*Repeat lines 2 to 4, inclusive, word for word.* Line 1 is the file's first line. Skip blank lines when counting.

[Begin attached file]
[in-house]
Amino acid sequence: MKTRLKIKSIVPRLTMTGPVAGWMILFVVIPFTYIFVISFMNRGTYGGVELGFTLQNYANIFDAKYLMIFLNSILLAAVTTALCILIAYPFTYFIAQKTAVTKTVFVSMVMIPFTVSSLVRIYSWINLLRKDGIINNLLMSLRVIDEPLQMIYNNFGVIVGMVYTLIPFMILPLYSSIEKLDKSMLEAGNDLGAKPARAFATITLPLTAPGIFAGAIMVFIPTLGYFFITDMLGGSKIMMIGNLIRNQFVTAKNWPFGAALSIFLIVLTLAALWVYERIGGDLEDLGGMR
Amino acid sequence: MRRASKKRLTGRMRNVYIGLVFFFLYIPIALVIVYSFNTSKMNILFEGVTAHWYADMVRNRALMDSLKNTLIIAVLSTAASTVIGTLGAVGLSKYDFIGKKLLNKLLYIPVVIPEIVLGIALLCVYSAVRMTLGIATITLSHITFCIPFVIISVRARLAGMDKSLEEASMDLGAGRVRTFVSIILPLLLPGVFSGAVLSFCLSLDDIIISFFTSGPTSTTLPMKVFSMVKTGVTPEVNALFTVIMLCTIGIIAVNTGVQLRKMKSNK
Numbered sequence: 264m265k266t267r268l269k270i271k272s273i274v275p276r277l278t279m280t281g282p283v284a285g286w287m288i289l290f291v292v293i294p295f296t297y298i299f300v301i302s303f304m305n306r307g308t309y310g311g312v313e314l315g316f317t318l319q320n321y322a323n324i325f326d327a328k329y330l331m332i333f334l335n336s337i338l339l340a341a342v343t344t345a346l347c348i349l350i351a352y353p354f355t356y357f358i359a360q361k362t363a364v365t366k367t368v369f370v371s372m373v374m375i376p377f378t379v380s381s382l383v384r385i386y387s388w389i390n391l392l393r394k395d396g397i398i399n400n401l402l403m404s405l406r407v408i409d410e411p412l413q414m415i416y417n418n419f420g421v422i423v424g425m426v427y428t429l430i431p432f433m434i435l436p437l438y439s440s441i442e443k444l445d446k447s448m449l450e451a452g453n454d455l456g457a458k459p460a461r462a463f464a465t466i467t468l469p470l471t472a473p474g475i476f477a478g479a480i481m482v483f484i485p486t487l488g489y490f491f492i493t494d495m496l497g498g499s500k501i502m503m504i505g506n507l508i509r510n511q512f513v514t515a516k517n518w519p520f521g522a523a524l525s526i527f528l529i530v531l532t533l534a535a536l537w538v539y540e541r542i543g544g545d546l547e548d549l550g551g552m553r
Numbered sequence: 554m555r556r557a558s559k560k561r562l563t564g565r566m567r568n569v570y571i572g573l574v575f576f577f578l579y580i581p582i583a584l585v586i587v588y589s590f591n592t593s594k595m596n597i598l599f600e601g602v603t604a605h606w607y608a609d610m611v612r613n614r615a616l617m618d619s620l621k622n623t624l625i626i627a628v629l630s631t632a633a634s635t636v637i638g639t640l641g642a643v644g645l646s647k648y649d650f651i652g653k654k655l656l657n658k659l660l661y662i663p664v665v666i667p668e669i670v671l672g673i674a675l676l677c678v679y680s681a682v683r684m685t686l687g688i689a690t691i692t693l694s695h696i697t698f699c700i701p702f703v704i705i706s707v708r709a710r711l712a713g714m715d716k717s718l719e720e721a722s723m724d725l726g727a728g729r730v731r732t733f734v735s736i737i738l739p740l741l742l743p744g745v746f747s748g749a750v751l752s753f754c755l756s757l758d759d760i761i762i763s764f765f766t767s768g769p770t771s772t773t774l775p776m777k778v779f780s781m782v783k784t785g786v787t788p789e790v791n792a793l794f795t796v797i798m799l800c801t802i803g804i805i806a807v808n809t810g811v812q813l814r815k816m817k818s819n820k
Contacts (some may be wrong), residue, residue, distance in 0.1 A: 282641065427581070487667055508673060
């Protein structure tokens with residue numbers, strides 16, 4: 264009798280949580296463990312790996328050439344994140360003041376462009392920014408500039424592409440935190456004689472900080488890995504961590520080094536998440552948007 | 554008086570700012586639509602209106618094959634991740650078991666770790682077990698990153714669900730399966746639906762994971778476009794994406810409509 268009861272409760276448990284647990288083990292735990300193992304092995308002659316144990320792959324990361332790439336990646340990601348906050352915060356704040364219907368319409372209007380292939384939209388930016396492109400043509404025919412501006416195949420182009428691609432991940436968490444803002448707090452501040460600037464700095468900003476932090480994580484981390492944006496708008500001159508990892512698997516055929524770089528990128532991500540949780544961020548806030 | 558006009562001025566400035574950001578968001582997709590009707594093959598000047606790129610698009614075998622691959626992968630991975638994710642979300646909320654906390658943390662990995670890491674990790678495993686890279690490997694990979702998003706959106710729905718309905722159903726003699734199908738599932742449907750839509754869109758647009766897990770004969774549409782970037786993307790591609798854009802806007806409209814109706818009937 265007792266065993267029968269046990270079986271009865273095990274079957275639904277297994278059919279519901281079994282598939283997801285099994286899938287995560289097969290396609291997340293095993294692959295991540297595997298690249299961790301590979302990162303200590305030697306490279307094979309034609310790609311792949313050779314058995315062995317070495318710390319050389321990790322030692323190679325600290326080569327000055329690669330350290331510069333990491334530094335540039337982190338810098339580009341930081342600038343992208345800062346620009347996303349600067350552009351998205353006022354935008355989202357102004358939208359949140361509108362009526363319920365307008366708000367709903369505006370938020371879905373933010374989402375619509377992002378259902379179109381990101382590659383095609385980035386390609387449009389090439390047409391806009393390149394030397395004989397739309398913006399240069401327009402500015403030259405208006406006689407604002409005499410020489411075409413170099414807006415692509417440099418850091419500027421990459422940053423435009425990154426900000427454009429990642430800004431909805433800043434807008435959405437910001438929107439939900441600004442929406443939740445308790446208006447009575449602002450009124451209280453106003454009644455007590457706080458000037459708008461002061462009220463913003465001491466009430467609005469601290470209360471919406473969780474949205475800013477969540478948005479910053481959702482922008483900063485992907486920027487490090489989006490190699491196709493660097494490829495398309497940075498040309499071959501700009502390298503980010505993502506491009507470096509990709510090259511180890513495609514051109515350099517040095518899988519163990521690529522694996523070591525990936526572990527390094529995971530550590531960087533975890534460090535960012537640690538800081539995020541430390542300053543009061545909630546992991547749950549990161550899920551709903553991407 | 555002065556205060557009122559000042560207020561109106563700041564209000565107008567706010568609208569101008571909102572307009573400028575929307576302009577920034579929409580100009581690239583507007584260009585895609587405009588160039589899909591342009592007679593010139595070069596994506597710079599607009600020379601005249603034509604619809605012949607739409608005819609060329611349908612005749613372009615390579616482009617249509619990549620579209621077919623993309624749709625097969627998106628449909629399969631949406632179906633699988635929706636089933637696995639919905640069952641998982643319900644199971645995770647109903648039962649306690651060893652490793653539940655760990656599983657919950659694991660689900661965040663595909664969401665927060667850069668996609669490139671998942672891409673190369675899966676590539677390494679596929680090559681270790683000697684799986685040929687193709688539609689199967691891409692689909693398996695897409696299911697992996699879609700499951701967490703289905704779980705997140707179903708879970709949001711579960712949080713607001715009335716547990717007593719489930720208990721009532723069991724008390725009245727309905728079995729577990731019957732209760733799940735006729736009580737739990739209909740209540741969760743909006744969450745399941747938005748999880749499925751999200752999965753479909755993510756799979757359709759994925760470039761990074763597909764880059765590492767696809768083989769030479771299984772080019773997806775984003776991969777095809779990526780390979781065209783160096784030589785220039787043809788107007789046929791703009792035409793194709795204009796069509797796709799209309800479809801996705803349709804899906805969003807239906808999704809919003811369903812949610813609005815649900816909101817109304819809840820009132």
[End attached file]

Amino acid sequence: MKTRLKIKSIVPRLTMTGPVAGWMILFVVIPFTYIFVISFMNRGTYGGVELGFTLQNYANIFDAKYLMIFLNSILLAAVTTALCILIAYPFTYFIAQKTAVTKTVFVSMVMIPFTVSSLVRIYSWINLLRKDGIINNLLMSLRVIDEPLQMIYNNFGVIVGMVYTLIPFMILPLYSSIEKLDKSMLEAGNDLGAKPARAFATITLPLTAPGIFAGAIMVFIPTLGYFFITDMLGGSKIMMIGNLIRNQFVTAKNWPFGAALSIFLIVLTLAALWVYERIGGDLEDLGGMR
Amino acid sequence: MRRASKKRLTGRMRNVYIGLVFFFLYIPIALVIVYSFNTSKMNILFEGVTAHWYADMVRNRALMDSLKNTLIIAVLSTAASTVIGTLGAVGLSKYDFIGKKLLNKLLYIPVVIPEIVLGIALLCVYSAVRMTLGIATITLSHITFCIPFVIISVRARLAGMDKSLEEASMDLGAGRVRTFVSIILPLLLPGVFSGAVLSFCLSLDDIIISFFTSGPTSTTLPMKVFSMVKTGVTPEVNALFTVIMLCTIGIIAVNTGVQLRKMKSNK
Numbered sequence: 264m265k266t267r268l269k270i271k272s273i274v275p276r277l278t279m280t281g282p283v284a285g286w287m288i289l290f291v292v293i294p295f296t297y298i299f300v301i302s303f304m305n306r307g308t309y310g311g312v313e314l315g316f317t318l319q320n321y322a323n324i325f326d327a328k329y330l331m332i333f334l335n336s337i338l339l340a341a342v343t344t345a346l347c348i349l350i351a352y353p354f355t356y357f358i359a360q361k362t363a364v365t366k367t368v369f370v371s372m373v374m375i376p377f378t379v380s381s382l383v384r385i386y387s388w389i390n391l392l393r394k395d396g397i398i399n400n401l402l403m404s405l406r407v408i409d410e411p412l413q414m415i416y417n418n419f420g421v422i423v424g425m426v427y428t429l430i431p432f433m434i435l436p437l438y439s440s441i442e443k444l445d446k447s448m449l450e451a452g453n454d455l456g457a458k459p460a461r462a463f464a465t466i467t468l469p470l471t472a473p474g475i476f477a478g479a480i481m482v483f484i485p486t487l488g489y490f491f492i493t494d495m496l497g498g499s500k501i502m503m504i505g506n507l508i509r510n511q512f513v514t515a516k517n518w519p520f521g522a523a524l525s526i527f528l529i530v531l532t533l534a535a536l537w538v539y540e541r542i543g544g545d546l547e548d549l550g551g552m553r